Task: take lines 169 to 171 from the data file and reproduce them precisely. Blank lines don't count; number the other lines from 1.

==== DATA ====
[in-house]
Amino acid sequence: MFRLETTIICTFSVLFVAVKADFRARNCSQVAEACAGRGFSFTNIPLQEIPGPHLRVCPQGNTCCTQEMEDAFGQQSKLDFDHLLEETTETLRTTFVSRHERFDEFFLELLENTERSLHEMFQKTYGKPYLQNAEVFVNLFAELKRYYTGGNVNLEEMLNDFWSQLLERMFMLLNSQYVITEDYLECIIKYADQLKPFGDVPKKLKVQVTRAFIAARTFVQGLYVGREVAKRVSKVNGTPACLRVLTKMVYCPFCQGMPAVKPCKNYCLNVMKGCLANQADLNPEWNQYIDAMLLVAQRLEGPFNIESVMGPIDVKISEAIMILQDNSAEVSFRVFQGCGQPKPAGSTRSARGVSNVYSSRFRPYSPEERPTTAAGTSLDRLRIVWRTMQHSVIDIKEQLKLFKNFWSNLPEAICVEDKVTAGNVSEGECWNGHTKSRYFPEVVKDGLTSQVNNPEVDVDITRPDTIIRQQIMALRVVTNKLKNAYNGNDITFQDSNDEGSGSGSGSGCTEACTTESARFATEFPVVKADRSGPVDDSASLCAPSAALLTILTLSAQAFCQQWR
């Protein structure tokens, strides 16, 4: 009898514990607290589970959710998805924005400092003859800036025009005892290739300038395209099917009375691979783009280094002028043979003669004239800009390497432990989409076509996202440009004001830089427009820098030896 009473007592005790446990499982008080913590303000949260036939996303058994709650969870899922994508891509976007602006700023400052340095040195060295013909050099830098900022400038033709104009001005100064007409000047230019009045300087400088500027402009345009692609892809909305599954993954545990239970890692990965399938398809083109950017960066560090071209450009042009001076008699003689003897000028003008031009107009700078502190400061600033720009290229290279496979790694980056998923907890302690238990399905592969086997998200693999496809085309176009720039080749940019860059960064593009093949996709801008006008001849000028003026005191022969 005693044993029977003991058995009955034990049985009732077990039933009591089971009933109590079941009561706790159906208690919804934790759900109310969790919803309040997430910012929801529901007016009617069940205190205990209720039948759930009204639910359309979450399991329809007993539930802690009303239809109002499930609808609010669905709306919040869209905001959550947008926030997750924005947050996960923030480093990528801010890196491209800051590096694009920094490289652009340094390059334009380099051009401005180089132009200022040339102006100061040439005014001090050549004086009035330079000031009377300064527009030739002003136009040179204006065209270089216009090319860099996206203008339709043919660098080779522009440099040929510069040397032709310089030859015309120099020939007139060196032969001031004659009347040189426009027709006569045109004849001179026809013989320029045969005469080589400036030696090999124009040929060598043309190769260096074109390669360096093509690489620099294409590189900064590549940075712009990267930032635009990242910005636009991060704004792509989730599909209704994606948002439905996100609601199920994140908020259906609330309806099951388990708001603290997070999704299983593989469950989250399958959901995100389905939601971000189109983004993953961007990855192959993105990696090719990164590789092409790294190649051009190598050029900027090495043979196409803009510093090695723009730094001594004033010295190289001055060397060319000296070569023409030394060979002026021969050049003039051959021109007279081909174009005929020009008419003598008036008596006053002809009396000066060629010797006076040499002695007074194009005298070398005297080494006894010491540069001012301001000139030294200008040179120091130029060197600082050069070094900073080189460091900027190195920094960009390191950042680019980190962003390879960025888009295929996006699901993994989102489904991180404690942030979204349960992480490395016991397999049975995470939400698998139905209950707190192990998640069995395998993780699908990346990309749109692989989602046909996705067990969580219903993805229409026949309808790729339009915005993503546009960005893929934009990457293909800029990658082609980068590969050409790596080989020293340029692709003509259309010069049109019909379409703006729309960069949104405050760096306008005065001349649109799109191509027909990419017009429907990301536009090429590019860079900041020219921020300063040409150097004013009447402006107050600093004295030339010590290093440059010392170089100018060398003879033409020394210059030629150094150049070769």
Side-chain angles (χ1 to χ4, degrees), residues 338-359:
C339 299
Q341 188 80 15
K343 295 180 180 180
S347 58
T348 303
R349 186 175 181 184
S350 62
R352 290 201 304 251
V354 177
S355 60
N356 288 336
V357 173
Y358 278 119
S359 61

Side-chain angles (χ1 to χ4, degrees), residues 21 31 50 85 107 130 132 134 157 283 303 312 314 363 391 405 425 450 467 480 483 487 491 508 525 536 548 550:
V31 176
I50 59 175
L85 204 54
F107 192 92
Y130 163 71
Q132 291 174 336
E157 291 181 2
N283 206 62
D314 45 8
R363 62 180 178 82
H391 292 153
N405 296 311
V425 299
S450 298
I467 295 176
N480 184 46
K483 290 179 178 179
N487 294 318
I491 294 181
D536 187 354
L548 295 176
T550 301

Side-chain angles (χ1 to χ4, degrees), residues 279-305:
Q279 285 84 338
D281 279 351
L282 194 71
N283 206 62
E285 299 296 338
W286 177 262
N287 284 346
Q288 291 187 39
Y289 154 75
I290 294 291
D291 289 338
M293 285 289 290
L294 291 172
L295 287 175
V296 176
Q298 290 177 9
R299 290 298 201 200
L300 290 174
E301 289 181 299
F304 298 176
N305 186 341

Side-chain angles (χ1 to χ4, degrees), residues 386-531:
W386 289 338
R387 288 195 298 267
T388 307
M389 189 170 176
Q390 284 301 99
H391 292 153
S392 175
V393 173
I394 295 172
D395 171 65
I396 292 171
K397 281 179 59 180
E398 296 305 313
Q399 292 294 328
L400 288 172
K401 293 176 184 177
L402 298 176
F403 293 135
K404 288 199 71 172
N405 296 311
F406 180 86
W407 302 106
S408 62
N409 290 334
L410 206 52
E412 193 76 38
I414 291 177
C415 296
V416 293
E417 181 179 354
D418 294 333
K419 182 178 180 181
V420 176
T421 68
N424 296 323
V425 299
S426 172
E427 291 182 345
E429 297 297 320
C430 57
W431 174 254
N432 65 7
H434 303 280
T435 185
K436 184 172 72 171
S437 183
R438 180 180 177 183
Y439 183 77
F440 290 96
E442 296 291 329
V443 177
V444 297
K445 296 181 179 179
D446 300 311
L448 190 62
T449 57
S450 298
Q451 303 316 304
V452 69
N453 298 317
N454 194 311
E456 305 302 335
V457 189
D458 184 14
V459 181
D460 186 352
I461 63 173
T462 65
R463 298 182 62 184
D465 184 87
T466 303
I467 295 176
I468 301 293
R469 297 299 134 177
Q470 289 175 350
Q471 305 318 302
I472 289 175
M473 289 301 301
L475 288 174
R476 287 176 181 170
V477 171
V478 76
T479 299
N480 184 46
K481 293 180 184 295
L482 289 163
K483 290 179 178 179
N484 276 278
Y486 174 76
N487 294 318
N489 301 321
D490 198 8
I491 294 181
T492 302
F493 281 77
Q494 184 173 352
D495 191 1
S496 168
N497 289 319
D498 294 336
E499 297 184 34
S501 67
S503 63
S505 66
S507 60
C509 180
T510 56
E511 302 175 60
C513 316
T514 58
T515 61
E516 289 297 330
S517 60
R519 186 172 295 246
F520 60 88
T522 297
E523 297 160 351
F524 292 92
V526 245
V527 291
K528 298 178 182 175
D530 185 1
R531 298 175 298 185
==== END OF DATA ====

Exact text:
S507 60
C509 180
T510 56